Now it makes sense for someone who is having a wall knocked through to check the qualifications of the person doing the job – after all, a bad job could be fatal. Similarly, it makes sense to check that someone fitting a new boiler knows what they are doing for the same reasons – a bad job could kill someone.
You would have to have a massively enlarged sense of the importance of graphic design if you believed you had to use a member of the CSD to have your new restaurant menus produced, or your new business card and letterhead. Or your small ad for the local paper.
No one, as far as I know, ever died because a menu was badly designed. There is no comparison between graphic design on the one hand and archtecture and gas fitting on the other.

There is no doubt that some clients would seek out a CSD member to do their design for them, but for every one who does I imagine there would be another ten who either wouldn’t care (or even know) about CSD membership, and several more who would actively reject the notion of employing such a person because they would assume they were too expensive.
CSD membership has many benefits but the most important one is a sense of belonging – because membership is based on peer approval it must feel good to get in, and the prestige or social capital it brings is what you exchange the membership fee for. What it is not is a guarantee of future income, nor is it a guarantee to the client of a good job and good design.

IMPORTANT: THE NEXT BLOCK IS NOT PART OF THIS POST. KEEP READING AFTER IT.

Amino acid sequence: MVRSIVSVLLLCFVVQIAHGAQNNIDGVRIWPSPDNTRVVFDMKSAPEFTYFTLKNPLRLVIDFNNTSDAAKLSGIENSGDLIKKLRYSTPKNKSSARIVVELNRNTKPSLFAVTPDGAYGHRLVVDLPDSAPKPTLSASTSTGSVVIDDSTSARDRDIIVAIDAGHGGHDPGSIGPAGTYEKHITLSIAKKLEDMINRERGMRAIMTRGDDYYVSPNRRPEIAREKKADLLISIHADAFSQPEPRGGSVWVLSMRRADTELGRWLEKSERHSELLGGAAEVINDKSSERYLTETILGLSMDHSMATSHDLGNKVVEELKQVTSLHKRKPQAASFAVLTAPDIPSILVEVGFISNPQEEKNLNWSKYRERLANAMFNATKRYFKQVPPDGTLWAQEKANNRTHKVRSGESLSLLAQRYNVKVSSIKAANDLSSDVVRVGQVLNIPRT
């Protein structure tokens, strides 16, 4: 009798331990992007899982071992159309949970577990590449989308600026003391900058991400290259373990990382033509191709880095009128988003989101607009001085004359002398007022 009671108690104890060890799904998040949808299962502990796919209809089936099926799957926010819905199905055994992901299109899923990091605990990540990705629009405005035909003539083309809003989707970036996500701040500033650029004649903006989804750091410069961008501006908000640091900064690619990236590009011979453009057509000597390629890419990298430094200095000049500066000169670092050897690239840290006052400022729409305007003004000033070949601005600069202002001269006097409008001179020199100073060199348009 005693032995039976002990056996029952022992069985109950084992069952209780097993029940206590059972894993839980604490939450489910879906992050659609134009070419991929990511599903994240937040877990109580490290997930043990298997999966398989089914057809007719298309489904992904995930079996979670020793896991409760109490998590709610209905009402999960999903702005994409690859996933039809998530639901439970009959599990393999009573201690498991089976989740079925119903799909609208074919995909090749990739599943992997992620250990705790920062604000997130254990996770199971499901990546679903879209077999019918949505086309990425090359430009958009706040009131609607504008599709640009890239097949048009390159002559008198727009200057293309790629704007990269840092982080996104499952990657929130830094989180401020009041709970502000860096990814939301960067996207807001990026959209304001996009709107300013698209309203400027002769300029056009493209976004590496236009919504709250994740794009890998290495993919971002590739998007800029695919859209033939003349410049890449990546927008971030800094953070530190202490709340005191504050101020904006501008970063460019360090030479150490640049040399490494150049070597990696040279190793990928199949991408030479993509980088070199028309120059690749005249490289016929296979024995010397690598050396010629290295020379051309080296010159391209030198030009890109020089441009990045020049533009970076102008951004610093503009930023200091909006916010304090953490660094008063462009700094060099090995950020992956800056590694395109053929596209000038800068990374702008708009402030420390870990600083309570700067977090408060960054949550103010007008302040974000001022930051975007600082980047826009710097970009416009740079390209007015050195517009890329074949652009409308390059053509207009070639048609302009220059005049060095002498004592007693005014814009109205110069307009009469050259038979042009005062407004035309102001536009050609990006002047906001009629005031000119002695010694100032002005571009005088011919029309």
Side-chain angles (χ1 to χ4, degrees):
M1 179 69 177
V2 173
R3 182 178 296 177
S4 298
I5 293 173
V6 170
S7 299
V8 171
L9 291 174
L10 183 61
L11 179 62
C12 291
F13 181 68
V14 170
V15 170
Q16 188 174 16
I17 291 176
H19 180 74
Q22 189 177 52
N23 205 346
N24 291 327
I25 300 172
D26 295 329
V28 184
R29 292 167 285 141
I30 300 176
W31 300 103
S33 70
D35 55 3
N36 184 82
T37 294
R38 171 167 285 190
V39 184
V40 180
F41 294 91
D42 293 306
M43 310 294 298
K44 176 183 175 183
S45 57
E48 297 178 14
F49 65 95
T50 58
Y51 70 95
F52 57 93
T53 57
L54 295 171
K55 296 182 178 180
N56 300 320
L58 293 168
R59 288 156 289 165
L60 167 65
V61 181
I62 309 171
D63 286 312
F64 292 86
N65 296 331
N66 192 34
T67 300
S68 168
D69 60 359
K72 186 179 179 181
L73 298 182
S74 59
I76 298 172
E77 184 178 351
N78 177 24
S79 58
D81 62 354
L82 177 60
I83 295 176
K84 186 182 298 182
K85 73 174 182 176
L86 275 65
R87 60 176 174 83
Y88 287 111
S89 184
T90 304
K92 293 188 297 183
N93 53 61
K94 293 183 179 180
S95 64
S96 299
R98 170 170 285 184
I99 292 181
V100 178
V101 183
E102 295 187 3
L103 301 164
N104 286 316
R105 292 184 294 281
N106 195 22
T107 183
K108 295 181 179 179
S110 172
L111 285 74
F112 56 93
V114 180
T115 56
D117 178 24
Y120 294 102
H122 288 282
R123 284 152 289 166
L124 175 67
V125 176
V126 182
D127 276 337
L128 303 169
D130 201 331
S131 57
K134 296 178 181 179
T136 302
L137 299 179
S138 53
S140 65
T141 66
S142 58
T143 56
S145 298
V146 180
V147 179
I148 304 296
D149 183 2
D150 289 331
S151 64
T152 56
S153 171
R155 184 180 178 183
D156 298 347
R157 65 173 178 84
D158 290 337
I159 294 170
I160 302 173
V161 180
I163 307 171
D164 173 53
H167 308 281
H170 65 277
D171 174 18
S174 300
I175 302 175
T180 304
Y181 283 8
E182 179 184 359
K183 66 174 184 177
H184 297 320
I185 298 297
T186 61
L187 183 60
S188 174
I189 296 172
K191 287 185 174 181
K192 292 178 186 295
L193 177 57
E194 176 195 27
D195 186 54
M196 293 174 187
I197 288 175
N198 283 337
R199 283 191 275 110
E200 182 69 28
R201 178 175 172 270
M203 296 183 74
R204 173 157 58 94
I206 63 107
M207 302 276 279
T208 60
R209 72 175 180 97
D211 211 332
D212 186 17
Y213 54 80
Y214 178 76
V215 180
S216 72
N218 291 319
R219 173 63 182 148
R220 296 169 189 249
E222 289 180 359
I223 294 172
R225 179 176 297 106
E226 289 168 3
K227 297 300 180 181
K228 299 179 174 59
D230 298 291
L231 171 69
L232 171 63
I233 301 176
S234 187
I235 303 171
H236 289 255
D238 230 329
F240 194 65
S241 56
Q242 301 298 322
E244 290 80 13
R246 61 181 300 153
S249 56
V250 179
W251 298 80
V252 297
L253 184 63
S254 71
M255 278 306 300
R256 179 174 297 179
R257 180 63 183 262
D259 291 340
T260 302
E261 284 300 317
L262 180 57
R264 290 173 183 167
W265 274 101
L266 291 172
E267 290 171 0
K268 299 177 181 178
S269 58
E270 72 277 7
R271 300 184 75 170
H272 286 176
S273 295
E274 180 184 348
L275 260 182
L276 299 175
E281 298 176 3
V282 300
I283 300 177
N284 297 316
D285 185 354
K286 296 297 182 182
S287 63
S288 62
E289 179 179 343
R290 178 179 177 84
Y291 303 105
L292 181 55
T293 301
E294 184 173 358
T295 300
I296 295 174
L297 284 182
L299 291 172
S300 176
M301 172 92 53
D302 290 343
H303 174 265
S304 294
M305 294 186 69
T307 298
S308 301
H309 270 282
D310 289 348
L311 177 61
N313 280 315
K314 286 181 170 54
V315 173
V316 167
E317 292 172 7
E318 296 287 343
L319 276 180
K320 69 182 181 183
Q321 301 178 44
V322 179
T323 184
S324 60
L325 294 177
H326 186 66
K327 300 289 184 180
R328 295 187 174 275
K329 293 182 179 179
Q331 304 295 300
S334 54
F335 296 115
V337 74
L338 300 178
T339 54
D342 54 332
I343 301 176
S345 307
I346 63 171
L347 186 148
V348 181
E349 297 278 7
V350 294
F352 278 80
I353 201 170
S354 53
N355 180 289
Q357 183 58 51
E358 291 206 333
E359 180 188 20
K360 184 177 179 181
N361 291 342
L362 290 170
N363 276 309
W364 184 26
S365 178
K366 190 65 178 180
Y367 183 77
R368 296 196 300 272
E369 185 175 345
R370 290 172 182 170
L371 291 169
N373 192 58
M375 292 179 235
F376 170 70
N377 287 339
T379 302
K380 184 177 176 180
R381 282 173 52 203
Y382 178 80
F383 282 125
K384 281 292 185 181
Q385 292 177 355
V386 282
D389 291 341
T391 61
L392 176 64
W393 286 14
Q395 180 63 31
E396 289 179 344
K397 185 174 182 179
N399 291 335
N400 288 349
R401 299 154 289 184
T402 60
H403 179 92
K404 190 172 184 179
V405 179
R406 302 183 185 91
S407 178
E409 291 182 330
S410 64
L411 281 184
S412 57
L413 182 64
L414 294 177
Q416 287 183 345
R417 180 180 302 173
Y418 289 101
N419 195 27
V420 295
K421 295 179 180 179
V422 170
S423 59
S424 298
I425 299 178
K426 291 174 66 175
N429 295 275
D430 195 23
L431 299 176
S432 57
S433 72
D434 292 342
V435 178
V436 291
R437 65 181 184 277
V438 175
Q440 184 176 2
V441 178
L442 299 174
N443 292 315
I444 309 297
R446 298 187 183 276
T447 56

You have to invest a lot of time and effort in gaining CSD membership and maintaining it – this is time and effort (and therefore money) that a lot of designers cannot afford and that a lot of designers simply do not need to expend, because they are managing quite well without being a member.

It all comes back to the idea that the CSD is essentially a club for graphic designers, nothing more. As such I have no problem with it. I have occasionally pondered joining but I’m not sure what I would gain from it, or even that I would be accepted (are my clients prestigious enough?).
But the notion that the CSD wants to grow into a licensing body so that the message going out in future is that only members should be approached for design work in future is a dangerous development. It is, to repeat what I said earlier, protectionism – an attempt to counter competition from a perceived threat of amateur and untrained designers and to improve the quality of design, as determined by the design elite.